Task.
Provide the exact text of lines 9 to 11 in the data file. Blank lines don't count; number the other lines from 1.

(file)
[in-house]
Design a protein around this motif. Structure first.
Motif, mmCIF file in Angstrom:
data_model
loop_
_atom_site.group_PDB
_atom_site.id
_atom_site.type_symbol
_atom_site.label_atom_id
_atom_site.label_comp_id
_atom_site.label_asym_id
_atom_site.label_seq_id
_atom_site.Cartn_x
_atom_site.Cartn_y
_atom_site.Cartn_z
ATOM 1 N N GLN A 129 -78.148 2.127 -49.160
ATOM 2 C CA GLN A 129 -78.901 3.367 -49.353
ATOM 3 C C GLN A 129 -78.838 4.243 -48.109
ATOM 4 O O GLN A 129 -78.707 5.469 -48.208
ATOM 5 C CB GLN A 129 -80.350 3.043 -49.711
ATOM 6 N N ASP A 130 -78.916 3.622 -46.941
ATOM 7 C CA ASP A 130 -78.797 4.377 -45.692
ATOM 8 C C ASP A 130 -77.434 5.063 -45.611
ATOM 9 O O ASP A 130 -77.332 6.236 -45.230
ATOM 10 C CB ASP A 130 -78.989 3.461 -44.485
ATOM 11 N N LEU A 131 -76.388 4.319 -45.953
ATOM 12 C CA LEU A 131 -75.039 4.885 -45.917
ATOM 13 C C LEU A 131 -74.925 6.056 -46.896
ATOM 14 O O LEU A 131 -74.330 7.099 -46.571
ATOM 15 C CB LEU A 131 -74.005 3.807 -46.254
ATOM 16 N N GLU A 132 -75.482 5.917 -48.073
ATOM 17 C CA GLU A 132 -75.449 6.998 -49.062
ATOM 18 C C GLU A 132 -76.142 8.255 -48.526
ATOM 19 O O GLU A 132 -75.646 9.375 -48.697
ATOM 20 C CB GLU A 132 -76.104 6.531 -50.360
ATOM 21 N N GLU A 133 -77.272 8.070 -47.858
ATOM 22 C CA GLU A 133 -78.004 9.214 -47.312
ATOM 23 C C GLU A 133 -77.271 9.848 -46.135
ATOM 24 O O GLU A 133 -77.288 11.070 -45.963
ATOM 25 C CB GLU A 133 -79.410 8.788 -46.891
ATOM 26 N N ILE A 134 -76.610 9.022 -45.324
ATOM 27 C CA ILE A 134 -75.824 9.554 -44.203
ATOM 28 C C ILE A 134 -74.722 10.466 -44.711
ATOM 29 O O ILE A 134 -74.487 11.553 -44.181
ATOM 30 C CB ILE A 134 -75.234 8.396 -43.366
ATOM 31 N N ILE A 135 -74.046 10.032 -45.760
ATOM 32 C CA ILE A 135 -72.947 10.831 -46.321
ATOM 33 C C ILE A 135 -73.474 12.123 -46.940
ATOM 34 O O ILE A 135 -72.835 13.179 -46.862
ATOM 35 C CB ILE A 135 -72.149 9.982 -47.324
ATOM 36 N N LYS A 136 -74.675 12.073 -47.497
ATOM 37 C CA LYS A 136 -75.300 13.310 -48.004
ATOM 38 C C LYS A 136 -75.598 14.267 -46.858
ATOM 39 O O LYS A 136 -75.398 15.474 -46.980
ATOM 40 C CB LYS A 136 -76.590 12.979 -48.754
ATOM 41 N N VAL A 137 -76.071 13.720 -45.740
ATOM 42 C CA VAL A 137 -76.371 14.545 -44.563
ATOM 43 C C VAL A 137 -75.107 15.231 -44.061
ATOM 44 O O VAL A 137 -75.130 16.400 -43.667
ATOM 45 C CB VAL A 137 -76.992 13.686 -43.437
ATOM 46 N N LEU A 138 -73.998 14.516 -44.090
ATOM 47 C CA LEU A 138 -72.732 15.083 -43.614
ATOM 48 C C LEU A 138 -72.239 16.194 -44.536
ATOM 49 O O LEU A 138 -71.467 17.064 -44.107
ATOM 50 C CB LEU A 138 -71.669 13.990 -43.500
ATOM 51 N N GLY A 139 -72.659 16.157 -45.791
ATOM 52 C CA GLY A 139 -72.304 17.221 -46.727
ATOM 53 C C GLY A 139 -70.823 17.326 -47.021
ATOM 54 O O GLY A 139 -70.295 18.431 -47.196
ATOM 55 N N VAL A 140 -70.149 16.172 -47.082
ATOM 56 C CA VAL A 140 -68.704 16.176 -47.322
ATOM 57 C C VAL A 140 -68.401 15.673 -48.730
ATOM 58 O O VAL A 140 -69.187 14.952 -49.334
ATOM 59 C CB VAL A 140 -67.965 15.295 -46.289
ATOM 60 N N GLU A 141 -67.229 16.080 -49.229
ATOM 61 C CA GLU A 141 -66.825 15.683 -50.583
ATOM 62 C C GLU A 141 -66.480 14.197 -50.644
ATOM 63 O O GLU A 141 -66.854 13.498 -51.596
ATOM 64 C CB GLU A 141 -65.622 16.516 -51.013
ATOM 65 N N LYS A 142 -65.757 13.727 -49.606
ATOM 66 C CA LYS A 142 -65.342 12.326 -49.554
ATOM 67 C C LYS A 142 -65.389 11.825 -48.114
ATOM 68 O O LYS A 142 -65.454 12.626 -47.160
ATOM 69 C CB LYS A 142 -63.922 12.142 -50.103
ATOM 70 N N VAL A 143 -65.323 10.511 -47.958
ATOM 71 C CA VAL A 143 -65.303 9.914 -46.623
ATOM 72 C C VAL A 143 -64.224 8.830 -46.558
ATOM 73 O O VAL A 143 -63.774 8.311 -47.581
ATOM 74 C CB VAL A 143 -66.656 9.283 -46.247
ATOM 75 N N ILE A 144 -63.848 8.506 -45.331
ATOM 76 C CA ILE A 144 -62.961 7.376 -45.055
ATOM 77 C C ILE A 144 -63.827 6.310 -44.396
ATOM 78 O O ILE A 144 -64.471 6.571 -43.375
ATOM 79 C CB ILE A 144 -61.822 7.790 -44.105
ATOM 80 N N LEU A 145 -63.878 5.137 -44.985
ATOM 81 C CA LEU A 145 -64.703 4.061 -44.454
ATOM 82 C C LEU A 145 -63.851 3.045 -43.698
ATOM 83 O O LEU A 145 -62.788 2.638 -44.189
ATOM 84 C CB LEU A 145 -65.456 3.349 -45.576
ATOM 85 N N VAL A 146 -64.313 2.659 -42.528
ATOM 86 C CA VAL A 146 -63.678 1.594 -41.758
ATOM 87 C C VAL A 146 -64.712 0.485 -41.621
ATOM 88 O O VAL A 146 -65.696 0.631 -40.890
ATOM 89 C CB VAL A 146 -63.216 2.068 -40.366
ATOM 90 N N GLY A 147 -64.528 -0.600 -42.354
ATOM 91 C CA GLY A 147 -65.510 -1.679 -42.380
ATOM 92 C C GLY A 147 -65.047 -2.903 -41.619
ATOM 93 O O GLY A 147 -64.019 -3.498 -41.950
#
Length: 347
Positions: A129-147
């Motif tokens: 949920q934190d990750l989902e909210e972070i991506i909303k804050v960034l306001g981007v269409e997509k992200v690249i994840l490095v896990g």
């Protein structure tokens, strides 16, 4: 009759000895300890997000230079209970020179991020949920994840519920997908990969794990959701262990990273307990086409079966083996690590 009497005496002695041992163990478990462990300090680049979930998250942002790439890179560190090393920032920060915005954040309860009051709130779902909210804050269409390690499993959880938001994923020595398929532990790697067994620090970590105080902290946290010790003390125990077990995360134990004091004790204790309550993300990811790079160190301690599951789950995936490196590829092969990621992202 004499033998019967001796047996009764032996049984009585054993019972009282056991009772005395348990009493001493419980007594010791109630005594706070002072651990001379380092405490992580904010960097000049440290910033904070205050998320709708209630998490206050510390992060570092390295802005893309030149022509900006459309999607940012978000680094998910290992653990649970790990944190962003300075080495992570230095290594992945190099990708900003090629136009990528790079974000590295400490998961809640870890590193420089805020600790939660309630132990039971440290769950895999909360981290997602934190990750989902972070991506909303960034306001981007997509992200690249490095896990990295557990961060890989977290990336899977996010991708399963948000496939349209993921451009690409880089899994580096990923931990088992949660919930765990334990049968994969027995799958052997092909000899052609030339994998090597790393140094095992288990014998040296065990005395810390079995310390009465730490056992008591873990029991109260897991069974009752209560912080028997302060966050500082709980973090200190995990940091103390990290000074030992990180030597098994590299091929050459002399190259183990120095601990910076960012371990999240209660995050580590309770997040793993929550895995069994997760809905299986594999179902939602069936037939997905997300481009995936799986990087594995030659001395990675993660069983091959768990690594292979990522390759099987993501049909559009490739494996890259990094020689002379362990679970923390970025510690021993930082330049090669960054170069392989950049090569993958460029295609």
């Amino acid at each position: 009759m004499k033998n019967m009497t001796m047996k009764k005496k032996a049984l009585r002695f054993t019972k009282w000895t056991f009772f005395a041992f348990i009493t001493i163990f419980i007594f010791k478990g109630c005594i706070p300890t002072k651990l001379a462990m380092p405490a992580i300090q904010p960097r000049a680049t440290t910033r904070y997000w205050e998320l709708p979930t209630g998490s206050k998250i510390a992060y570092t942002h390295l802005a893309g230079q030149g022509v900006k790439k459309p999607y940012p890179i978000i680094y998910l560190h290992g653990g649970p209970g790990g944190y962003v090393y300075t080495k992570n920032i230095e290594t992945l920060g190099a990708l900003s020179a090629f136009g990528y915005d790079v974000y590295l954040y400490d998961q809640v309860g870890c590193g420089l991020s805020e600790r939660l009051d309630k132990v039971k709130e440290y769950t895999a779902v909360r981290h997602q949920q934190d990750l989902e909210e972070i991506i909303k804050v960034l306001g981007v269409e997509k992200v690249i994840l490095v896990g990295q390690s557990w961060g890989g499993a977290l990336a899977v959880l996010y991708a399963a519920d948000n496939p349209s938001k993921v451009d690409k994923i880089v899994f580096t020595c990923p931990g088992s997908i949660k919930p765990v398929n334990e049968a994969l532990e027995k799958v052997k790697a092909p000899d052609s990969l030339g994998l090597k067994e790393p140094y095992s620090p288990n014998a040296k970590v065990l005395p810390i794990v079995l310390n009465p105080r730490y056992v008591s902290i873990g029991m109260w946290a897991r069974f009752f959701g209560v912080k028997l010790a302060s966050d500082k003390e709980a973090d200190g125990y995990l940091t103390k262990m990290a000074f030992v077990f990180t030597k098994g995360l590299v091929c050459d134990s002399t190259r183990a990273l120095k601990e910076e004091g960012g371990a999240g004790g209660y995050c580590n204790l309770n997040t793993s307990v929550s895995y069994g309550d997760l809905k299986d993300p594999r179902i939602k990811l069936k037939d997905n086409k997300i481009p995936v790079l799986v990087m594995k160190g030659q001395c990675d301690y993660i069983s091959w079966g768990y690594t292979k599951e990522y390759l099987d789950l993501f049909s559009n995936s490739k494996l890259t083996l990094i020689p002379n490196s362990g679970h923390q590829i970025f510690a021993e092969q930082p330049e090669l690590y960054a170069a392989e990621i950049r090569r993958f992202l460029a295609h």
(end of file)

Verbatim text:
_atom_site.label_atom_id
_atom_site.label_comp_id
_atom_site.label_asym_id